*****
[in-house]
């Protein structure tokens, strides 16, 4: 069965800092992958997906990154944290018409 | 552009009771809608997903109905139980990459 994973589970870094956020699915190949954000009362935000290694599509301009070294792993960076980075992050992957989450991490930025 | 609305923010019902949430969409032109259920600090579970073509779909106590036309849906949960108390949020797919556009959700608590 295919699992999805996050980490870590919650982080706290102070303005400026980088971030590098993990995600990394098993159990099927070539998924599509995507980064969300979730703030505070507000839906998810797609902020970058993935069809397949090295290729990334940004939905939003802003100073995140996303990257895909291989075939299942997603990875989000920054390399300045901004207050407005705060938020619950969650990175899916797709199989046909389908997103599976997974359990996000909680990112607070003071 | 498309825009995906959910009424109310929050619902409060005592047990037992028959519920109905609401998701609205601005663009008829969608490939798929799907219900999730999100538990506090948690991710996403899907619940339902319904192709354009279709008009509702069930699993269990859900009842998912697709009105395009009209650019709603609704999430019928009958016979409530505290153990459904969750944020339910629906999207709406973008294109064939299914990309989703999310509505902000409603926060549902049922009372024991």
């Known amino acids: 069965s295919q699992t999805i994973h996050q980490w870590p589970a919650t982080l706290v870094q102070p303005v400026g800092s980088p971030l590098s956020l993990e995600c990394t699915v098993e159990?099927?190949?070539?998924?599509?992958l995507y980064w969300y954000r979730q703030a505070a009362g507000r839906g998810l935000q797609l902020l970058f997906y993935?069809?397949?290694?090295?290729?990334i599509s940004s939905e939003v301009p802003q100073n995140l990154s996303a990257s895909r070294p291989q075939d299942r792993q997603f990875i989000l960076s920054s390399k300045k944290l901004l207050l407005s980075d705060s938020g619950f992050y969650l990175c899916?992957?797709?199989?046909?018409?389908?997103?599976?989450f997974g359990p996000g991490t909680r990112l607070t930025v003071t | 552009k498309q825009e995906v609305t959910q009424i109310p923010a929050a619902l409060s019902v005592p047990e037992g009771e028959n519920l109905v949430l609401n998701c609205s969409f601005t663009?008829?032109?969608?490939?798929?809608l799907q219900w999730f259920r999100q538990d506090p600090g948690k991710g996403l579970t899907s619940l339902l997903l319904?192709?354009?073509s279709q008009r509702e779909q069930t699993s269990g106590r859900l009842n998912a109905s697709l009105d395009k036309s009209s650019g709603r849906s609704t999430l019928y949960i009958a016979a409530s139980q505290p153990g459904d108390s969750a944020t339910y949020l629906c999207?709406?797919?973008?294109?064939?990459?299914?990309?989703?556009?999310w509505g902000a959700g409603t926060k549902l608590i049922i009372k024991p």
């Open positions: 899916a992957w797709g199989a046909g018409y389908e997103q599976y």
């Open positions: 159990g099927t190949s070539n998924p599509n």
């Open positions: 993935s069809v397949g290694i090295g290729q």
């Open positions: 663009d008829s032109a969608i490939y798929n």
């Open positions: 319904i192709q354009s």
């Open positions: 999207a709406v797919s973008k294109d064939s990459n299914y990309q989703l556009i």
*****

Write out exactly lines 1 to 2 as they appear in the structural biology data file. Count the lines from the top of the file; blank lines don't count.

[in-house]
């Protein structure tokens, strides 16, 4: 069965800092992958997906990154944290018409 | 552009009771809608997903109905139980990459 994973589970870094956020699915190949954000009362935000290694599509301009070294792993960076980075992050992957989450991490930025 | 609305923010019902949430969409032109259920600090579970073509779909106590036309849906949960108390949020797919556009959700608590 295919699992999805996050980490870590919650982080706290102070303005400026980088971030590098993990995600990394098993159990099927070539998924599509995507980064969300979730703030505070507000839906998810797609902020970058993935069809397949090295290729990334940004939905939003802003100073995140996303990257895909291989075939299942997603990875989000920054390399300045901004207050407005705060938020619950969650990175899916797709199989046909389908997103599976997974359990996000909680990112607070003071 | 498309825009995906959910009424109310929050619902409060005592047990037992028959519920109905609401998701609205601005663009008829969608490939798929799907219900999730999100538990506090948690991710996403899907619940339902319904192709354009279709008009509702069930699993269990859900009842998912697709009105395009009209650019709603609704999430019928009958016979409530505290153990459904969750944020339910629906999207709406973008294109064939299914990309989703999310509505902000409603926060549902049922009372024991």